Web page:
Mark Pestronk
Mark Pestronk
Q: My small travel agency is called "Travel Trails." It is owned by a corporation named "JJM Inc.," of which I am the only stockholder. When a hotel sends me a group contract to sign, it usually states that, "This agreement is by and between ABC Hotel and Travel Trails." On the signature page, it usually states, "Travel Trails" and then I sign my name, "Jane Jones," underneath. Is this the right way to sign the contract? If not, what are my risks in doing so? Also, if the contract is with "ABC Hotel," is that the right way for a hotel to enter into a contract, and if not, how should the hotel correctly be identified?

A: The document you describe is not an enforceable contract. It is meaningless under the law, and it could create big problems for you.

A contract can be entered into only by an individual (called a sole proprietor or just a proprietor), a corporation, a limited liability company (LLC) or a partnership. In law, these are all called "legal persons" or "legal entities."

"Travel Trails" is not a legal person or legal entity. It is just a trade name or a "doing business as" name, which is usually abbreviated to "DBA." So it cannot enter into contracts.

You must use your corporation's full legal name at the beginning of the contract and above your signature. If you want to add your trade name, you can do so after your legal name, but adding it has no legal significance.

If you don't make your corporation a party, the hotel can -- and probably will -- sue you personally for any unpaid rooms. If you argued that you really meant to put the contract in your corporation's name, you would lose because there is no evidence of that.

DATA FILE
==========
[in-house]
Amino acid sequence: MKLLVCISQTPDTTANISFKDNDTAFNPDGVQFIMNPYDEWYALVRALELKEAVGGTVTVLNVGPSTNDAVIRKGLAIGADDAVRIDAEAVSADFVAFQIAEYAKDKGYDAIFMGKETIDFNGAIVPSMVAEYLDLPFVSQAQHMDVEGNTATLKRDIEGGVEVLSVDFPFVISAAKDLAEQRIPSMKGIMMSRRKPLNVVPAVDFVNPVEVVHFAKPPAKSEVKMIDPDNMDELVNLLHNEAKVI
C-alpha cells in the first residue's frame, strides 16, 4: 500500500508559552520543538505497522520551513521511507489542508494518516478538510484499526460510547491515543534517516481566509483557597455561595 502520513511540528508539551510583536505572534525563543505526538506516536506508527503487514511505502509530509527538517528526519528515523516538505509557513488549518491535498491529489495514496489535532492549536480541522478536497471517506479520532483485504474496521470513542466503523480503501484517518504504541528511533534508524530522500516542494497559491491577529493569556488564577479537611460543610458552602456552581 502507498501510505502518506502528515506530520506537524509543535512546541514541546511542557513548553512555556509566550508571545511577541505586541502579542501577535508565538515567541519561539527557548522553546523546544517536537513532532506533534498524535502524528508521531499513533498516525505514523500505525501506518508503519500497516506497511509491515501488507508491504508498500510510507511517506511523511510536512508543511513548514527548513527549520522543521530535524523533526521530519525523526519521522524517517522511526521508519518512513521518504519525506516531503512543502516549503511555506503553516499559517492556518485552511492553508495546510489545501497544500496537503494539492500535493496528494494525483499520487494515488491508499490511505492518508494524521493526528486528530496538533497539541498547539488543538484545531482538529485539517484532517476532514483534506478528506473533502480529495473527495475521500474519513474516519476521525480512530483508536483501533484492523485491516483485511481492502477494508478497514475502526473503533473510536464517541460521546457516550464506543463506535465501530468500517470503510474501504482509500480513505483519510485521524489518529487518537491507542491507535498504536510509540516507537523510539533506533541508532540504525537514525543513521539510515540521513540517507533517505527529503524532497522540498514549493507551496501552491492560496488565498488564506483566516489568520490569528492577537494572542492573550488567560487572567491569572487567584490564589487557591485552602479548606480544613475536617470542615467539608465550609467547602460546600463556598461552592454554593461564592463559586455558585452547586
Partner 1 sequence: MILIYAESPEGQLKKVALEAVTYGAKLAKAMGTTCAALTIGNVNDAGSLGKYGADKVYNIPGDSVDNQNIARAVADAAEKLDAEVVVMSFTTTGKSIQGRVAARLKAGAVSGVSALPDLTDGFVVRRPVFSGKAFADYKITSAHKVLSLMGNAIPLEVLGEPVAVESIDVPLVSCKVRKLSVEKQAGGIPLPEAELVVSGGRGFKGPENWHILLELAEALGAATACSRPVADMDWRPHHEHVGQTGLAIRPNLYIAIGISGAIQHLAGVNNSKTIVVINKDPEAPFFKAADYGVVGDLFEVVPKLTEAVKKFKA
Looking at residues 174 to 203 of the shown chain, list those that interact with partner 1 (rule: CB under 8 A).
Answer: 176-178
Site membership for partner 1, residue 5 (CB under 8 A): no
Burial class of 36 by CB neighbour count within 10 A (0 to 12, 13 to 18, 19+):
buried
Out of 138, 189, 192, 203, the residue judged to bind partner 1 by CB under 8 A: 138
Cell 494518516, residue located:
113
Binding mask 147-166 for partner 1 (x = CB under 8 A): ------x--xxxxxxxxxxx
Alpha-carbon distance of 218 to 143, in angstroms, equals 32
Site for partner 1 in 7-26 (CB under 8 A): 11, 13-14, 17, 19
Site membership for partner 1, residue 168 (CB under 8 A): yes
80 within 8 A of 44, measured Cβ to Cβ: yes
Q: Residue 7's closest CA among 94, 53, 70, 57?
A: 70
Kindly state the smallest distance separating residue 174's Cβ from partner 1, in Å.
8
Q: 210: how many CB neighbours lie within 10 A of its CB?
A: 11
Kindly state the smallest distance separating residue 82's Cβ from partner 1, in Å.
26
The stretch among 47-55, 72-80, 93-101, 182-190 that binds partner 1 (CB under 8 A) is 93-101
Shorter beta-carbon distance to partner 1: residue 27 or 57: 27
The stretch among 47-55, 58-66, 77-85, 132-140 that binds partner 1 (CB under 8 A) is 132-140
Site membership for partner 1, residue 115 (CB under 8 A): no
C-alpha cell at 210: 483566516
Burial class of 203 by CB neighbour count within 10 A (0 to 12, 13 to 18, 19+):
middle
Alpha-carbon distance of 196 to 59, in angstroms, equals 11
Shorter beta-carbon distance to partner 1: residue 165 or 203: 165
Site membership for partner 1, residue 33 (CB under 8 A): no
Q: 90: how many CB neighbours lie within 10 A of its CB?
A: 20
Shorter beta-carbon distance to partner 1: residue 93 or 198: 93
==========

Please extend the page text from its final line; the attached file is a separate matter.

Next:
Conversely, if the hotel breached the contract by refusing to honor your reservations, you would have a hard time enforcing it because a trade name has no legal rights. If you argued that either you or your corporation were really a party to the contract, you could have a hard time convincing any judge if the hotel opposed your position.

Ironically, the hotel has the same problems that you do. "ABC Hotel" is the name of a building. A building is not a legal entity, so it cannot be a party to a contract.

This analysis would not change if the hotel had a franchise company's name, such as "Key Bridge Marriott" or "Georgetown Hilton." Those are just buildings, too, and they cannot enter into contracts.

The only correct way for a hotel to enter into a contract is to use the full legal name of the hotel owner or operating company at the beginning of the contract and in the signature line. If the hotel fails to do so, I am not certain that you could successfully sue in case the hotel breached the contract. As with your corporation, the hotel can use its building name as a DBA after the legal name if it wants.

So a legally correct, mutually enforceable contract would state, "This agreement is by and between ABC Hotel Management Inc. DBA ABC Hotel and JJM Inc. DBA Travel Trails. As noted, the DBAs are optional."

The signature area should start with the legal names and then, at the left on the signature line, you should have "By" to signify that you are signing for your corporation and not for yourself.

If you have an LLC, the same rules apply; just change "Inc." to "LLC."
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